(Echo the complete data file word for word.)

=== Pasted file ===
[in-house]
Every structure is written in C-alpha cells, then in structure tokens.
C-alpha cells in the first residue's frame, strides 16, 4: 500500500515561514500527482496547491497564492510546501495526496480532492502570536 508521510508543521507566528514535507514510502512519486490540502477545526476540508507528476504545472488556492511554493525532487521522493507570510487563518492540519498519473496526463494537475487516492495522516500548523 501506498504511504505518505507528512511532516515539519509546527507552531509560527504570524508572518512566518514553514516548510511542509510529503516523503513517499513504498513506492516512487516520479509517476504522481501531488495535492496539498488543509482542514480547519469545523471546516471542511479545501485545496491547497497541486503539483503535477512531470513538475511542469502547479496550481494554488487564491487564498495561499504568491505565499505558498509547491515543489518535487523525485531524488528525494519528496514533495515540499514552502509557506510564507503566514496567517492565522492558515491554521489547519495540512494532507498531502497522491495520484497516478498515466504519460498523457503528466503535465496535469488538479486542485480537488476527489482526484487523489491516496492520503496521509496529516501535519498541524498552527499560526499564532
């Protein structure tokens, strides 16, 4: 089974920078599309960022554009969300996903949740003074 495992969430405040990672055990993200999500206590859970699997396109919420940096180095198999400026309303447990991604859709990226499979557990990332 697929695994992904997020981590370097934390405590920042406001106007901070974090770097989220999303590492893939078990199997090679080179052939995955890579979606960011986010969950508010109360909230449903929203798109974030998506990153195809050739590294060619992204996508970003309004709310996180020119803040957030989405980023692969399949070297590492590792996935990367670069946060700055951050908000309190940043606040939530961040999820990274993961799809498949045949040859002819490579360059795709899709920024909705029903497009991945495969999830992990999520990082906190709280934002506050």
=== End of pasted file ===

[in-house]
Every structure is written in C-alpha cells, then in structure tokens.
C-alpha cells in the first residue's frame, strides 16, 4: 500500500515561514500527482496547491497564492510546501495526496480532492502570536 508521510508543521507566528514535507514510502512519486490540502477545526476540508507528476504545472488556492511554493525532487521522493507570510487563518492540519498519473496526463494537475487516492495522516500548523 501506498504511504505518505507528512511532516515539519509546527507552531509560527504570524508572518512566518514553514516548510511542509510529503516523503513517499513504498513506492516512487516520479509517476504522481501531488495535492496539498488543509482542514480547519469545523471546516471542511479545501485545496491547497497541486503539483503535477512531470513538475511542469502547479496550481494554488487564491487564498495561499504568491505565499505558498509547491515543489518535487523525485531524488528525494519528496514533495515540499514552502509557506510564507503566514496567517492565522492558515491554521489547519495540512494532507498531502497522491495520484497516478498515466504519460498523457503528466503535465496535469488538479486542485480537488476527489482526484487523489491516496492520503496521509496529516501535519498541524498552527499560526499564532
């Protein structure tokens, strides 16, 4: 089974920078599309960022554009969300996903949740003074 495992969430405040990672055990993200999500206590859970699997396109919420940096180095198999400026309303447990991604859709990226499979557990990332 697929695994992904997020981590370097934390405590920042406001106007901070974090770097989220999303590492893939078990199997090679080179052939995955890579979606960011986010969950508010109360909230449903929203798109974030998506990153195809050739590294060619992204996508970003309004709310996180020119803040957030989405980023692969399949070297590492590792996935990367670069946060700055951050908000309190940043606040939530961040999820990274993961799809498949045949040859002819490579360059795709899709920024909705029903497009991945495969999830992990999520990082906190709280934002506050």